A wave of car bombings tore through mostly Shiite Muslim neighborhoods of the Baghdad area this afternoon, leaving at least 57 dead in the latest outburst of an unusually intense wave of bloodshed roiling Iraq, which has killed more than 300 people in the past two weeks alone. There was no immediate claim of responsibility for today's bloodshed, but the attacks bore the hallmarks of al-Qaeda's Iraqi arm. The group, known as the Islamic State of Iraq, frequently uses car bombs and coordinated blasts in an effort to undermine Iraqis' confidence in the Shiite-led government.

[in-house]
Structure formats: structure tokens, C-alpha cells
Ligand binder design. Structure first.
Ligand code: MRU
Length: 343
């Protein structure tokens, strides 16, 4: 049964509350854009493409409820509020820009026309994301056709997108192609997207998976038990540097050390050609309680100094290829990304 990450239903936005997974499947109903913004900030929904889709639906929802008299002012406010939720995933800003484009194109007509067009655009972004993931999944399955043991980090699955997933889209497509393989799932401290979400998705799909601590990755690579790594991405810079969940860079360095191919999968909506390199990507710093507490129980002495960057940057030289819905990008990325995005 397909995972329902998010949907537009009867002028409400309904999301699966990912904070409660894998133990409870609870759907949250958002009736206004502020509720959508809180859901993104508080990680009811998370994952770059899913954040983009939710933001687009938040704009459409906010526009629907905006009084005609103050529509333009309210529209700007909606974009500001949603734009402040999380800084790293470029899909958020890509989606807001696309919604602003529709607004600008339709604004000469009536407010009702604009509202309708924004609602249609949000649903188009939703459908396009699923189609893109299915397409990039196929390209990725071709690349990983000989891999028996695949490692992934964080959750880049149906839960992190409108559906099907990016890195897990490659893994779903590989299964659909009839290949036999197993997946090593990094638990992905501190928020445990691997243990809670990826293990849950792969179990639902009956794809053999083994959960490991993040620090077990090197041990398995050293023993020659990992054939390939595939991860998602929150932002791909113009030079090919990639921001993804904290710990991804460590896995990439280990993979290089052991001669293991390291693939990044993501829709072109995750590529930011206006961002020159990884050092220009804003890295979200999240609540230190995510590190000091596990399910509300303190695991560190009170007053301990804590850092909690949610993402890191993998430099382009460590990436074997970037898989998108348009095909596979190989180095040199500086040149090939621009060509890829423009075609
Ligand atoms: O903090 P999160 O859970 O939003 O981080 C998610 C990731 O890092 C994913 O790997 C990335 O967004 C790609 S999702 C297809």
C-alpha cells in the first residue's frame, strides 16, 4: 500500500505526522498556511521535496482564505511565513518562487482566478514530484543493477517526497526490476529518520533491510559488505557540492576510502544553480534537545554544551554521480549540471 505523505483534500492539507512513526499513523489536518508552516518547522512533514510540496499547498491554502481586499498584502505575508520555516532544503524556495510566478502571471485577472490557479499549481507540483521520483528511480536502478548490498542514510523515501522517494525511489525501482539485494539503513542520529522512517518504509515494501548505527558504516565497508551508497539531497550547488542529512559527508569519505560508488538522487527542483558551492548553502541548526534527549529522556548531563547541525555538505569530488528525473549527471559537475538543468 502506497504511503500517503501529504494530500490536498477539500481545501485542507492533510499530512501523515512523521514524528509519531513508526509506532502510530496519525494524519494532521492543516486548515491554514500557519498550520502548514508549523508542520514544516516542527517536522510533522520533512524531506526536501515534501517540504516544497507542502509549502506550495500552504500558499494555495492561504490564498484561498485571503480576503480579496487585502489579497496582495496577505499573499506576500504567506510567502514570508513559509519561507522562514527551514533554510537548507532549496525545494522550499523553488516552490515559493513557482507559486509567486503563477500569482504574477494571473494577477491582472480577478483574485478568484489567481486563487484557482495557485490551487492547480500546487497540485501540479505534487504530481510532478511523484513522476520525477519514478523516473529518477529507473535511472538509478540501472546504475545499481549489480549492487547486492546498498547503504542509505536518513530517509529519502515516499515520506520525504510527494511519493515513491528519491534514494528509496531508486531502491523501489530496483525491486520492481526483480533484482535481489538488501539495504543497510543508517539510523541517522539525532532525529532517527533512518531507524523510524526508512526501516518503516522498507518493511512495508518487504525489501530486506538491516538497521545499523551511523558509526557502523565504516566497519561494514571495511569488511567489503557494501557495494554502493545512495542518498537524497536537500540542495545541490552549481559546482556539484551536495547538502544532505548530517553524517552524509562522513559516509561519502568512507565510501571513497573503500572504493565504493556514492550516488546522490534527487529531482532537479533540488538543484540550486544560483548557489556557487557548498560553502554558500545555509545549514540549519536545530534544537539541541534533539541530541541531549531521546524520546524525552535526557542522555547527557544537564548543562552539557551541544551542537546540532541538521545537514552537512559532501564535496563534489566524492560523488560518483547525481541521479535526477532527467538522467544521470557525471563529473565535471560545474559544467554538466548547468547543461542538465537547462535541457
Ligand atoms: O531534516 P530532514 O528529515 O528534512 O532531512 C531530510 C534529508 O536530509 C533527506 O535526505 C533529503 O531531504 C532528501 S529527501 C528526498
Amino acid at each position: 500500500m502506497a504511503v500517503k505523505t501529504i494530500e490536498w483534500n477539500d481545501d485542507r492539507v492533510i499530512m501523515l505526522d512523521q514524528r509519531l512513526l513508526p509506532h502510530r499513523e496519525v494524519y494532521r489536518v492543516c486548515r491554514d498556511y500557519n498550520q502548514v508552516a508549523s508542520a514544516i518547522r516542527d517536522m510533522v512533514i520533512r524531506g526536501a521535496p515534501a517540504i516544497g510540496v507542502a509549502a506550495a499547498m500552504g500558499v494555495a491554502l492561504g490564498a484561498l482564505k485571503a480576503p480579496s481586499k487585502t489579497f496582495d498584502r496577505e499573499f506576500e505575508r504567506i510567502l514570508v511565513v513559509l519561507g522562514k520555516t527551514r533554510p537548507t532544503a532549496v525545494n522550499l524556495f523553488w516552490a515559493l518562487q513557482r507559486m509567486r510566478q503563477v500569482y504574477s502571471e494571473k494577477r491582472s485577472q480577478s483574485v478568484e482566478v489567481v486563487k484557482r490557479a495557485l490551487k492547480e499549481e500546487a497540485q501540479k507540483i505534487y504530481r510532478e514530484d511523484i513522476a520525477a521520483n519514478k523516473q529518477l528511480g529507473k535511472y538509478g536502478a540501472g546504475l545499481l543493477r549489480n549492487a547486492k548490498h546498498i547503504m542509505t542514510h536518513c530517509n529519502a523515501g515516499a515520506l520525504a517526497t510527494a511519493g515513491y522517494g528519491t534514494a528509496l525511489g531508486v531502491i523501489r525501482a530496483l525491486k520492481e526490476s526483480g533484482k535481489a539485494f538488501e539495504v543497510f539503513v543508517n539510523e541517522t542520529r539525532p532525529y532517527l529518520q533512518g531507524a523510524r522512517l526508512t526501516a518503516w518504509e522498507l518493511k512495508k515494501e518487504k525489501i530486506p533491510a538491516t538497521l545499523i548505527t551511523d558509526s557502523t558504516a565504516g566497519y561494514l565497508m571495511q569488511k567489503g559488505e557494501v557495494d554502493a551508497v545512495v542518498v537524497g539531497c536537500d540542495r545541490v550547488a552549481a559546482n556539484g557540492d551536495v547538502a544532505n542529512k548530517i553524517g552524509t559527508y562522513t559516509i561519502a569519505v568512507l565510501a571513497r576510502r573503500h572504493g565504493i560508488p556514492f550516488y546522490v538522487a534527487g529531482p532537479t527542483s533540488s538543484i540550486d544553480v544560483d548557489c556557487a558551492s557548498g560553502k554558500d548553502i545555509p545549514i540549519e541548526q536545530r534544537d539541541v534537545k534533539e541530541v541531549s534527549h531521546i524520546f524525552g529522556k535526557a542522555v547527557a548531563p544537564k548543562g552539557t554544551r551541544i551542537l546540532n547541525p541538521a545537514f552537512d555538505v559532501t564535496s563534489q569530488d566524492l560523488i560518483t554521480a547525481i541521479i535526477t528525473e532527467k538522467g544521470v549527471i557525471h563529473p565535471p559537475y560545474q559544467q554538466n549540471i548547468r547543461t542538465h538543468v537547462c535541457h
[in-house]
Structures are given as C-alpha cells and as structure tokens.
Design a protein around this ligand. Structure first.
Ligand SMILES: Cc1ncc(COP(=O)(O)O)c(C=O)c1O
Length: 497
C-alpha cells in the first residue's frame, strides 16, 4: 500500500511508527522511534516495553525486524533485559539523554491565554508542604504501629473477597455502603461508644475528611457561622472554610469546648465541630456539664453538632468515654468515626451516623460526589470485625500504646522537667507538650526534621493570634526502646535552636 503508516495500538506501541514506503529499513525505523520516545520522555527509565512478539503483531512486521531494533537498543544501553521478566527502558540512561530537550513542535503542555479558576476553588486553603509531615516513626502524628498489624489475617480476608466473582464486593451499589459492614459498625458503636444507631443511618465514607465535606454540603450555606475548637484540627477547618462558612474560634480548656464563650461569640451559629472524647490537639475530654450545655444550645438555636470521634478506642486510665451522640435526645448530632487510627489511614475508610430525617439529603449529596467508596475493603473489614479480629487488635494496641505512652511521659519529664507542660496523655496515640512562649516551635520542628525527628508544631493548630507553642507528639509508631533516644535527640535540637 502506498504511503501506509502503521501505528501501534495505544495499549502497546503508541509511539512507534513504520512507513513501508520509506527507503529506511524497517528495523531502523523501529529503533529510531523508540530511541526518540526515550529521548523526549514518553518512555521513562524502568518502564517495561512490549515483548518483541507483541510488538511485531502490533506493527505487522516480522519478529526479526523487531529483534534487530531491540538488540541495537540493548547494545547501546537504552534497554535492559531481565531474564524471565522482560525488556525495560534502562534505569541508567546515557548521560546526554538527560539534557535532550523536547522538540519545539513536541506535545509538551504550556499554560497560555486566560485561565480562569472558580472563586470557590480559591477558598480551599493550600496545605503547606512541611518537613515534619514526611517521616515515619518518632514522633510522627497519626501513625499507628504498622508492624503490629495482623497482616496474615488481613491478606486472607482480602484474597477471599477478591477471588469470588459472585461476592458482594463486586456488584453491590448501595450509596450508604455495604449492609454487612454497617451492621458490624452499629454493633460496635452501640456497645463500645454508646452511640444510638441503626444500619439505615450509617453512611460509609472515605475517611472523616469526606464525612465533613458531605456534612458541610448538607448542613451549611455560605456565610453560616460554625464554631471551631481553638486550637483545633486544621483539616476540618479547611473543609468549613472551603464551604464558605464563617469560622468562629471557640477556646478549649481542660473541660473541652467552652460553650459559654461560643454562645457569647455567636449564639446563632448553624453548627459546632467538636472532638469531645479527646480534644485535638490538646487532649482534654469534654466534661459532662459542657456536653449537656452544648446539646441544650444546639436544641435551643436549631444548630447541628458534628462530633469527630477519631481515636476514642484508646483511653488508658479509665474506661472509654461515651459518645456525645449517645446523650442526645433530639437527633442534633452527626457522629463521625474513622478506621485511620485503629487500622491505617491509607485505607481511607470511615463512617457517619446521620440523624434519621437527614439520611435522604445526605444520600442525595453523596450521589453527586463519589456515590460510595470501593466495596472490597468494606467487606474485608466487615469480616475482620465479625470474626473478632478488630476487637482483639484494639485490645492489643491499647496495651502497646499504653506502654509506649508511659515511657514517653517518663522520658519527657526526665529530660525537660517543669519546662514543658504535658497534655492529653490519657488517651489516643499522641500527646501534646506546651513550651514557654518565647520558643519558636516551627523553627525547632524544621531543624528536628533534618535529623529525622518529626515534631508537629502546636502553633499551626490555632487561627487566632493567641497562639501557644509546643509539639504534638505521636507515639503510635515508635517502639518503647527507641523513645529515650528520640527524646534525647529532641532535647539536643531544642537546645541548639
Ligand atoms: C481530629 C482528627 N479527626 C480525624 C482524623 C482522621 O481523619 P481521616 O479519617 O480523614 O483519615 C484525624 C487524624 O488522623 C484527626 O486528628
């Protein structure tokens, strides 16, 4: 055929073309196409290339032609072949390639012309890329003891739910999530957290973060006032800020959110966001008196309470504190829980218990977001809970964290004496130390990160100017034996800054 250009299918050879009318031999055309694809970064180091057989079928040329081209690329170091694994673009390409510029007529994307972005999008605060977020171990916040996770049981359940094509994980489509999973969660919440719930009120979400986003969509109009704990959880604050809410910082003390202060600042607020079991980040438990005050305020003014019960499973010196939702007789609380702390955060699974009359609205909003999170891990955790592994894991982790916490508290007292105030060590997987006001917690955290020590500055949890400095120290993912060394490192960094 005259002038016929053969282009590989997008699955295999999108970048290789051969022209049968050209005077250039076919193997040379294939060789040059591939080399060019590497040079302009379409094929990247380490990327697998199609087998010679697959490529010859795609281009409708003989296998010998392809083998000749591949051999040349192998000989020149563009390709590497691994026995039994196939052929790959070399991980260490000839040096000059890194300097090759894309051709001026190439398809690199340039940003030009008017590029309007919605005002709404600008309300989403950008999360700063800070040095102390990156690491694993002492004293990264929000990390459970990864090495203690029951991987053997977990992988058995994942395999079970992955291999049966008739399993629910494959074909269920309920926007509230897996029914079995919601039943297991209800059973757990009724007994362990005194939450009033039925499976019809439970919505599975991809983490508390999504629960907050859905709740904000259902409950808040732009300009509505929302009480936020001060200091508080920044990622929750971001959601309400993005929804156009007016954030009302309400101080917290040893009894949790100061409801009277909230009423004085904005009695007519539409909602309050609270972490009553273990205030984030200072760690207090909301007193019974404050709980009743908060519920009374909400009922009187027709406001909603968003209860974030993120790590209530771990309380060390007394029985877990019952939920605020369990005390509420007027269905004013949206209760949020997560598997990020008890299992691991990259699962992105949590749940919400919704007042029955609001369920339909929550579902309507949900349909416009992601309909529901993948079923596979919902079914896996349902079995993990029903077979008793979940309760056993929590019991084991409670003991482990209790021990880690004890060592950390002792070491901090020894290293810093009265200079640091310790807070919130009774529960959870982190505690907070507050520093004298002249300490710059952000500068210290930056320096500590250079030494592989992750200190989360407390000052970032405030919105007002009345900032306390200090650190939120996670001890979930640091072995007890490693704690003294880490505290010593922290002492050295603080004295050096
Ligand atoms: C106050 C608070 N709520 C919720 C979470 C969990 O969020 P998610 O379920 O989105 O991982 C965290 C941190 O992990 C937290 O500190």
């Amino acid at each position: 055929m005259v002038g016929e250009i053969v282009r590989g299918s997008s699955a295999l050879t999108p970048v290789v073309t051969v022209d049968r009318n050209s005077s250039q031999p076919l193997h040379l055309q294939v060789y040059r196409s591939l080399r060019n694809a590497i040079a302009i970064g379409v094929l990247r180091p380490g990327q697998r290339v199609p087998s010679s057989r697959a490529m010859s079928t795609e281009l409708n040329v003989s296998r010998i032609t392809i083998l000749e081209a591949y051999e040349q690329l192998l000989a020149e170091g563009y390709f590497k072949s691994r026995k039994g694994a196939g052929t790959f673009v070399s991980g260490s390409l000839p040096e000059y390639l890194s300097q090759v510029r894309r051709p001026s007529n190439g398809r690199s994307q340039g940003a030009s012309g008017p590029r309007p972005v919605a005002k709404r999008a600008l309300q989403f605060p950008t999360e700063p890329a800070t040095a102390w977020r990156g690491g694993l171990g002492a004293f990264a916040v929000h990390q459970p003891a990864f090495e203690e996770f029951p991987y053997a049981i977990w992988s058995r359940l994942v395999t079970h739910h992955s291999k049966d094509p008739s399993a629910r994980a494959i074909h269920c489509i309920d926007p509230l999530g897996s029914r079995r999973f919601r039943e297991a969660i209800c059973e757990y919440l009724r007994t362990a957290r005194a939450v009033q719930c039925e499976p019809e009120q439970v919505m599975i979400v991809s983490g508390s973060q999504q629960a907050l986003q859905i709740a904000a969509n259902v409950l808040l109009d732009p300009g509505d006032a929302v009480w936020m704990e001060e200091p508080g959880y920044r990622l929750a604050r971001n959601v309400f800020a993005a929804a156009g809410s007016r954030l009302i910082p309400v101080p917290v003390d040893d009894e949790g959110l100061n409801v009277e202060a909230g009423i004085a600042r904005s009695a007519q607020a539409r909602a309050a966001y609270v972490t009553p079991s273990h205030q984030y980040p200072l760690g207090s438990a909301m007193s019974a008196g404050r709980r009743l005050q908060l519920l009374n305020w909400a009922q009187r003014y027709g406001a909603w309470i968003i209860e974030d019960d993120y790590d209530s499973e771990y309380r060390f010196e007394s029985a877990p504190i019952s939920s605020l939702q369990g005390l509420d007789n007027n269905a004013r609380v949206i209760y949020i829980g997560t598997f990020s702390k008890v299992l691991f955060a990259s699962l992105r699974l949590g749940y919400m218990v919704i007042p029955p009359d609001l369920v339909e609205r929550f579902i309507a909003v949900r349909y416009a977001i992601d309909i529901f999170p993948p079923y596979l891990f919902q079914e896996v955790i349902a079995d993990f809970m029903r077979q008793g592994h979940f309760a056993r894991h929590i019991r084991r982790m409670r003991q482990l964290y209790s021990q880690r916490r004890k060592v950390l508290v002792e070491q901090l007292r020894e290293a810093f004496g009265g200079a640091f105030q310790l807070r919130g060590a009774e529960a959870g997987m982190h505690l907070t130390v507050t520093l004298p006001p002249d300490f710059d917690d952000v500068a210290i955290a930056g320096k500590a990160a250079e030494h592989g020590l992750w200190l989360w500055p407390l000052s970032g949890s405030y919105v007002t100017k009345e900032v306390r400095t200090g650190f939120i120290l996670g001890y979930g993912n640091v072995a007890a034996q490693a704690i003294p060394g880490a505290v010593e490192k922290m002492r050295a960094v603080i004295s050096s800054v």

The blasts are the latest indication that Iraq's security is rapidly deteriorating as sectarian tensions exacerbated by months of Sunni-led anti-government protests and the war in neighboring Syria are on the rise. Although violence has decreased sharply in Iraq since the height of insurgency, militants are still capable to carry out lethal attacks nationwide. The recent wave of bloodshed has raised tensions between the country's Sunni minority and Shiite-led government. The surge in violence has been reminiscent of the sectarian carnage that pushed Iraq to the brink of civil war in 2006 and 2007. Alarmed by a nationwide deterioration in the security situation, Iraqi Prime Minister Nouri al-Maliki has ordered a reshuffle in senior military ranks.